Lots of Sex May Prevent Erectile Dysfunction
Strenuous Daily Workout May Keep Cancer at Bay
MENTAL HEALTH
Meditation, Yoga Might Switch Off Stress Genes
Shop 'Til You Drop: You May Feel Better
Teen Internet Addicts More Likely to Self-Harm: Study
PAIN
Are We Exercising Pain Away? Not So Much.
Acupuncture, Real or Fake, Eases Back Pain
Alleviating Rheumatoid Arthritis
PHYSICAL THERAPY
PREGNANCY
For Baby and Mom Alike, Breast-Feeding May Be Best
Expectant Mom's Exercise Keeps Newborn's Birth Weight Down
Sugary Colas Tied to Gestational Diabetes
SENIORS
Mediterranean Diet Plus Exercise Lowers Alzheimer's Risk
Want Better Health in the New Year, Add Exercise to Your Day
Exercise Helps Reduce Falls in Young and Old
SEXUAL HEALTH
SLEEP DISORDERS
Lose Weight, Sleep Apnea May Improve
Daylight Savings: Not a Bright Time for All
Sleeping Could Help Women Lose The Baby Fat
WOMEN'S HEALTH
Mom and Baby Alike May Benefit From Exercise
Exercise During Pregnancy Keeps Newborn Size Normal
Acupuncture May Help Relieve Polycystic Ovary Syndrome
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Meat Additives May Be Dangerous for Kidney Patients

THURSDAY, July 23 (HealthDay News) -- Additives used to "enhance" uncooked meat and poultry can pose serious health risks for people with kidney disease, researchers say.

Many fresh meat and poultry products are injected with water, sodium, potassium salts, antioxidants and flavorings that are not required to be listed on food labels, according to a report published online July 23 in the Clinical Journal of the American Society of Nephrology.

But dialysis patients must limit their intake of dietary phosphate, which can boost levels in the blood and cause premature death. Kidney disease patients also need to limit the potassium they consume, because high levels in the blood can cause sudden death, the study authors note in a news release from the American Society of Nephrology.

Many meat and poultry items contain elevated levels of these minerals.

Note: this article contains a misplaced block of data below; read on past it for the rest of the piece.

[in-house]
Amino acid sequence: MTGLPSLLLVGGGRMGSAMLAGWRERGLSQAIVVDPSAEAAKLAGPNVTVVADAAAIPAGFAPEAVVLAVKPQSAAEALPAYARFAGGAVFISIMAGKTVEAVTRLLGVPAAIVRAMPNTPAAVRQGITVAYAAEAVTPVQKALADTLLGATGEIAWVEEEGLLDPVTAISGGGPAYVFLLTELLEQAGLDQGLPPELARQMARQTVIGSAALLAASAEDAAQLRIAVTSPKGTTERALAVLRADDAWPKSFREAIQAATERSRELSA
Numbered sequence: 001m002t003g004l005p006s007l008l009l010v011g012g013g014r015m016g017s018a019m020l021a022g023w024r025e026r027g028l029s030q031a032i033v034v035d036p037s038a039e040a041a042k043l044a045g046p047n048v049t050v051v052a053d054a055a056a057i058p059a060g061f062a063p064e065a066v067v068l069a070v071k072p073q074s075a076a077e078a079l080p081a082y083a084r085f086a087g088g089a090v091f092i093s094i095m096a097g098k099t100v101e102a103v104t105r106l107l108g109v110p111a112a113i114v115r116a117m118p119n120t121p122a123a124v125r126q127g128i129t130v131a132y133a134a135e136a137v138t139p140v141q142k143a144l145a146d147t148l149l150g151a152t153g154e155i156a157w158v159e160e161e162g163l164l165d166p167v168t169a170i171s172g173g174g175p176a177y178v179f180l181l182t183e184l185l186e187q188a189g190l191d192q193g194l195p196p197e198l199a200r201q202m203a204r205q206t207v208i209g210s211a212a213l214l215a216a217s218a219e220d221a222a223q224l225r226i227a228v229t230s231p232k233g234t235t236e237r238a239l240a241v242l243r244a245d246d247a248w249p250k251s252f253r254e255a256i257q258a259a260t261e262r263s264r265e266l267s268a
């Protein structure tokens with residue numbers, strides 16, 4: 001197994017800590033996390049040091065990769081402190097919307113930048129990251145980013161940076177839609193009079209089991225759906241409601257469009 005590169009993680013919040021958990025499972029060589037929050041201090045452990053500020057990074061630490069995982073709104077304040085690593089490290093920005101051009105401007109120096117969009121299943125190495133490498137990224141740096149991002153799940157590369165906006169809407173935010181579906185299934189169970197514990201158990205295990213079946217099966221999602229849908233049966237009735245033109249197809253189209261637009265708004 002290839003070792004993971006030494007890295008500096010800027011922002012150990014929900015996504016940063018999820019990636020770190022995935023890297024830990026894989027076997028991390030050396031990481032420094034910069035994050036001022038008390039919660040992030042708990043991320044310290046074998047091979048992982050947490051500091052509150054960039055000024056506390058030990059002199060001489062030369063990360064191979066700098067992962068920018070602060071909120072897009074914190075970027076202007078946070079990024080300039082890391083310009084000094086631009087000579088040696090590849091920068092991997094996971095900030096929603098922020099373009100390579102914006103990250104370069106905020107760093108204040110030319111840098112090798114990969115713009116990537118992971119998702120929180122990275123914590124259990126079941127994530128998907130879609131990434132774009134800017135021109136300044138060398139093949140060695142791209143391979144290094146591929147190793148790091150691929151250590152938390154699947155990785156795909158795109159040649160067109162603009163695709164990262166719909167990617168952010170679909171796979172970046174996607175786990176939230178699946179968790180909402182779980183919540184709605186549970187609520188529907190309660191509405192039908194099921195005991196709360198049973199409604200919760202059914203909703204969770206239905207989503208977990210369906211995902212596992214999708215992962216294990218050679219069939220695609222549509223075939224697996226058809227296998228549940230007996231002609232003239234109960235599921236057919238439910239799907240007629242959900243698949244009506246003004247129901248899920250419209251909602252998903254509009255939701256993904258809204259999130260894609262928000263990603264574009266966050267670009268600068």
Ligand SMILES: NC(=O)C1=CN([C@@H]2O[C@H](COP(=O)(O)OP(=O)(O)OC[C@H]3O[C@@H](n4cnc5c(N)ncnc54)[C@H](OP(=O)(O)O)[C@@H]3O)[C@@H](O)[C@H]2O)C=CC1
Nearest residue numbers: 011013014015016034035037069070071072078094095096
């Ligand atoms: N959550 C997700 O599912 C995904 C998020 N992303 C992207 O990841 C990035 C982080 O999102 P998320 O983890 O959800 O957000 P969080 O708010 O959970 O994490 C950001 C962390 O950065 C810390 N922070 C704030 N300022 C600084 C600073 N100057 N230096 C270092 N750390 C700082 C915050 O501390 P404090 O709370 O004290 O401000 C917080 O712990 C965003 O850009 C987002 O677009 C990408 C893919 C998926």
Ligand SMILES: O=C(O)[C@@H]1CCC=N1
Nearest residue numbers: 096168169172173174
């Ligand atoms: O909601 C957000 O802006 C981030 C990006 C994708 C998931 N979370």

The critical regulation of the body's salt, potassium and acid content is performed by the kidneys, where waste products and excess fluid from the body are removed through the urine. The production of urine helps maintain a stable balance of body chemicals. According to the National Kidney Foundation, 26 million American adults have chronic kidney disease and millions of others are at increased risk.

In the new study, Dr. Richard Sherman and Dr. Ojas Mehta from the University of Medicine and Dentistry of New Jersey, Robert Wood Johnson Medical School, looked at the potassium and phosphate content in "enhanced" and additive-free meats and poultry from area supermarkets.

The "enhanced" products have an average of 28 percent more phosphates than additive-free products, the researchers reported. The potassium levels varied, they found. Additive-free products all had less than 387 milligrams of potassium per 100 grams of protein; five of the 25 products with additives had 692 milligrams or more of potassium per 100 grams of protein.

Most foods that had phosphate and potassium additives reported them on the labels, but eight of the 25 "enhanced" products didn't, according to the report.

"The burden imposed on those seeking to limit dietary phosphorous and potassium could be ameliorated by more complete food labeling by manufacturers," the authors wrote.

SOURCES: American Society of Nephrology, news release, July 23, 2009